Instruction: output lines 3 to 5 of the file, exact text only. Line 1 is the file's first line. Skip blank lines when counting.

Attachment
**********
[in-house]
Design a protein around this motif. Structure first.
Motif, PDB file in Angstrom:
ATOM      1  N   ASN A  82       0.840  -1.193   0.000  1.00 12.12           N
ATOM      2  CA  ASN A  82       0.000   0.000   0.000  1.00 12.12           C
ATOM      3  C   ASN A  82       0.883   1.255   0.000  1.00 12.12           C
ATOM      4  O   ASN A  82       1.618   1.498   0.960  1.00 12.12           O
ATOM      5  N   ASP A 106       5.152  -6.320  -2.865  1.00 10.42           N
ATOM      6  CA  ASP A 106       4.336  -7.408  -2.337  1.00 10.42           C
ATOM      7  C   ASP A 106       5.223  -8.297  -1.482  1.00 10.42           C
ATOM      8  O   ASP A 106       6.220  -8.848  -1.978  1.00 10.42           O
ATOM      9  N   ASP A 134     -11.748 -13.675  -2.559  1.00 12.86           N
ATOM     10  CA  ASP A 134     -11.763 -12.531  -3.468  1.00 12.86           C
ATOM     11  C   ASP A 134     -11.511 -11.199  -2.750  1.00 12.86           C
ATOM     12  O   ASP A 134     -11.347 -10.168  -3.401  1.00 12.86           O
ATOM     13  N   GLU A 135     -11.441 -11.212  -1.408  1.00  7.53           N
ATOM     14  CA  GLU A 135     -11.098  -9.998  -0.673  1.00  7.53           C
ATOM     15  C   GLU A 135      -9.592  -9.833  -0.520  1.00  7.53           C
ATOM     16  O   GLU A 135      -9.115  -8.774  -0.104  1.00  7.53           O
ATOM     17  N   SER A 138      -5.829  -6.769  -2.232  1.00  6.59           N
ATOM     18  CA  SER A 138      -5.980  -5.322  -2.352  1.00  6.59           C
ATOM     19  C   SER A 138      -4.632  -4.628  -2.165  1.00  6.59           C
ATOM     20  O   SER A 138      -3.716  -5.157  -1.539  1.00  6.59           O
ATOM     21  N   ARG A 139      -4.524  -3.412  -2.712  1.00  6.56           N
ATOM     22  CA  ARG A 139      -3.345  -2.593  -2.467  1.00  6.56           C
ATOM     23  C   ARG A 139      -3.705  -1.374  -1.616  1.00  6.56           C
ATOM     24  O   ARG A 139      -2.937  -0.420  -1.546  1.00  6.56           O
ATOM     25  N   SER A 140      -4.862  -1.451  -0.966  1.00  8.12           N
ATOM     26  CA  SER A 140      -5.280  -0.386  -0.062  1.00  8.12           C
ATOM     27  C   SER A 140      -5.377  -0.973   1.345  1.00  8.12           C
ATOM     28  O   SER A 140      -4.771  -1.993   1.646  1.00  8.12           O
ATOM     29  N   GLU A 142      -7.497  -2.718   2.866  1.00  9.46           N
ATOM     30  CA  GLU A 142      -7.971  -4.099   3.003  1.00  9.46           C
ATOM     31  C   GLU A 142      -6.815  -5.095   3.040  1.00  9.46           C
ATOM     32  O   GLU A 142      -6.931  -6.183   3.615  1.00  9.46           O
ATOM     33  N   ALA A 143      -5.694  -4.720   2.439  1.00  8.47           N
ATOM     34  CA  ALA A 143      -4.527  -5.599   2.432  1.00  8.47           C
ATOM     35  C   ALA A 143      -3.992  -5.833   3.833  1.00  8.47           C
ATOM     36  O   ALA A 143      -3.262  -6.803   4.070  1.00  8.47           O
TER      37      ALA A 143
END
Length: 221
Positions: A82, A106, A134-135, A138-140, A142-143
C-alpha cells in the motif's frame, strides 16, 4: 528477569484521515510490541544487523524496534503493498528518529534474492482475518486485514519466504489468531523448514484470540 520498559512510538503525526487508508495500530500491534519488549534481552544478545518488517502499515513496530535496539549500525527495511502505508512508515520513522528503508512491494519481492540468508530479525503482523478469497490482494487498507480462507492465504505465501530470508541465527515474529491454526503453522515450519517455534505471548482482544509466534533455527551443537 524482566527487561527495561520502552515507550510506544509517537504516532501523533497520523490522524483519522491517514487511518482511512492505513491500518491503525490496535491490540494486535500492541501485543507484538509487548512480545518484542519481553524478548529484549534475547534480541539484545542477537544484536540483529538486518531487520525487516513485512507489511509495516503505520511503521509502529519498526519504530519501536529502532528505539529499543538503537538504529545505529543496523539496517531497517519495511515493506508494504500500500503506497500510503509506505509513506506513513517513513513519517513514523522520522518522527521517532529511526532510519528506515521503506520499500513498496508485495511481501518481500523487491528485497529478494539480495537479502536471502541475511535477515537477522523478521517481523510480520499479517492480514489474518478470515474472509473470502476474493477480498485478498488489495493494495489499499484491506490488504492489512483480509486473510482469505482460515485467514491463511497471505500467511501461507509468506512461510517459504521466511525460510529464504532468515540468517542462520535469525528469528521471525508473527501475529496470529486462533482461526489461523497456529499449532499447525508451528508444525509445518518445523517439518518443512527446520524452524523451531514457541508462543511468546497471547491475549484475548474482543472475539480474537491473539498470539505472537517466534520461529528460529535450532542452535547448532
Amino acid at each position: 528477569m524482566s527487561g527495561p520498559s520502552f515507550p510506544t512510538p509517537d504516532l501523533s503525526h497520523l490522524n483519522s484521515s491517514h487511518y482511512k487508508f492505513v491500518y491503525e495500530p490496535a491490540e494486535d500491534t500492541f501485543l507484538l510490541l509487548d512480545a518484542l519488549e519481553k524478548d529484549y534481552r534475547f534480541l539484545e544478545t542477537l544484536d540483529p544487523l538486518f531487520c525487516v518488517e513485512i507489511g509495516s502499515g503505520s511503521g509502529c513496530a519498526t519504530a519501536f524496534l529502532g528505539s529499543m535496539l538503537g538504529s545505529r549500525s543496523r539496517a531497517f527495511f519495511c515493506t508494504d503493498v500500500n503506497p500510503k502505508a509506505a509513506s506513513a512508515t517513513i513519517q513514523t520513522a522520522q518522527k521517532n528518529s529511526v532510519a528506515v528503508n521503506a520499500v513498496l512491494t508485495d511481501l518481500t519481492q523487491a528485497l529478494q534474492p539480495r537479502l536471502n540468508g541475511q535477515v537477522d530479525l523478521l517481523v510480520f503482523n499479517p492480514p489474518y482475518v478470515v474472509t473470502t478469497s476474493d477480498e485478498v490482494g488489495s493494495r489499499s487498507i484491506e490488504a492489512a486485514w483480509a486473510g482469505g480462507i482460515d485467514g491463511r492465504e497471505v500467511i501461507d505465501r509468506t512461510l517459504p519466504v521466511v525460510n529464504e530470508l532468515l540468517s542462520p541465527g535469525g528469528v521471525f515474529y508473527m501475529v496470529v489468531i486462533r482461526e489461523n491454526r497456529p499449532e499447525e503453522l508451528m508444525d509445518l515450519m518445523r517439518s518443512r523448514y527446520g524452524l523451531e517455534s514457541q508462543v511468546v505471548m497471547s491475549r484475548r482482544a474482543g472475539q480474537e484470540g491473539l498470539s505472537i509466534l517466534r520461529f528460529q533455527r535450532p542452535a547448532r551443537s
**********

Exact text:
Motif, PDB file in Angstrom:
ATOM      1  N   ASN A  82       0.840  -1.193   0.000  1.00 12.12           N
ATOM      2  CA  ASN A  82       0.000   0.000   0.000  1.00 12.12           C